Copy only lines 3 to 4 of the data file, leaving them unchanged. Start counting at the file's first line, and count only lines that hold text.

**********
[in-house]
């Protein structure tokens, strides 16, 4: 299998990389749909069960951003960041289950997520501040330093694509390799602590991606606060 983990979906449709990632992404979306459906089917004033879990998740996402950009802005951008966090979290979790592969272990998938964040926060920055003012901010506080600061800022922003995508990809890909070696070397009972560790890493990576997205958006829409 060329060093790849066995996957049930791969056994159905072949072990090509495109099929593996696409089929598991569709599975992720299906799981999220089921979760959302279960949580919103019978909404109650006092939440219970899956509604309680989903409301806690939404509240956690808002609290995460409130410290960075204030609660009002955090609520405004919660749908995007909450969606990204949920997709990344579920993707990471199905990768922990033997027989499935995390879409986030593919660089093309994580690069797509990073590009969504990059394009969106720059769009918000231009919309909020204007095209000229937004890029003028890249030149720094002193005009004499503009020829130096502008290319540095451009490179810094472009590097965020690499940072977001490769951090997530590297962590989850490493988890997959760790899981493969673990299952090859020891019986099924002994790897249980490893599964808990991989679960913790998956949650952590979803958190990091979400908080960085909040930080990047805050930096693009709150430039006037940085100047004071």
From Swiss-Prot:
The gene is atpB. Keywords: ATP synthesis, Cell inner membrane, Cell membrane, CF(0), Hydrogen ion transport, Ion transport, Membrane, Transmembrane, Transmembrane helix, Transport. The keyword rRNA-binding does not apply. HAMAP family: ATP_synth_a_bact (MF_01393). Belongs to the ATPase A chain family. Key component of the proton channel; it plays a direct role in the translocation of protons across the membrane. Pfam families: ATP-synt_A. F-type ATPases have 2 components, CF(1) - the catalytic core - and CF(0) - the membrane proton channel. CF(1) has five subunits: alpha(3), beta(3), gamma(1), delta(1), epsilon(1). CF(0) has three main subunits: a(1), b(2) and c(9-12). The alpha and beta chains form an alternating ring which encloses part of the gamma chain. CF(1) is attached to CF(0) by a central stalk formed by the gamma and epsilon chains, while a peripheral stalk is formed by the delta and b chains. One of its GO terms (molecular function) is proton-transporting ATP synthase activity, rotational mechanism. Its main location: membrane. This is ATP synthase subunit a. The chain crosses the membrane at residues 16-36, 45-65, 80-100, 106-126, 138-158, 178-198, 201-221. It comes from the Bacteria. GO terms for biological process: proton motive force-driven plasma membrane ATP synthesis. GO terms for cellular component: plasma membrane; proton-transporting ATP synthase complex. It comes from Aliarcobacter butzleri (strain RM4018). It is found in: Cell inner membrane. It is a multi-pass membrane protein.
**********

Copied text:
From Swiss-Prot:
The gene is atpB. Keywords: ATP synthesis, Cell inner membrane, Cell membrane, CF(0), Hydrogen ion transport, Ion transport, Membrane, Transmembrane, Transmembrane helix, Transport. The keyword rRNA-binding does not apply. HAMAP family: ATP_synth_a_bact (MF_01393). Belongs to the ATPase A chain family. Key component of the proton channel; it plays a direct role in the translocation of protons across the membrane. Pfam families: ATP-synt_A. F-type ATPases have 2 components, CF(1) - the catalytic core - and CF(0) - the membrane proton channel. CF(1) has five subunits: alpha(3), beta(3), gamma(1), delta(1), epsilon(1). CF(0) has three main subunits: a(1), b(2) and c(9-12). The alpha and beta chains form an alternating ring which encloses part of the gamma chain. CF(1) is attached to CF(0) by a central stalk formed by the gamma and epsilon chains, while a peripheral stalk is formed by the delta and b chains. One of its GO terms (molecular function) is proton-transporting ATP synthase activity, rotational mechanism. Its main location: membrane. This is ATP synthase subunit a. The chain crosses the membrane at residues 16-36, 45-65, 80-100, 106-126, 138-158, 178-198, 201-221. It comes from the Bacteria. GO terms for biological process: proton motive force-driven plasma membrane ATP synthesis. GO terms for cellular component: plasma membrane; proton-transporting ATP synthase complex. It comes from Aliarcobacter butzleri (strain RM4018). It is found in: Cell inner membrane. It is a multi-pass membrane protein.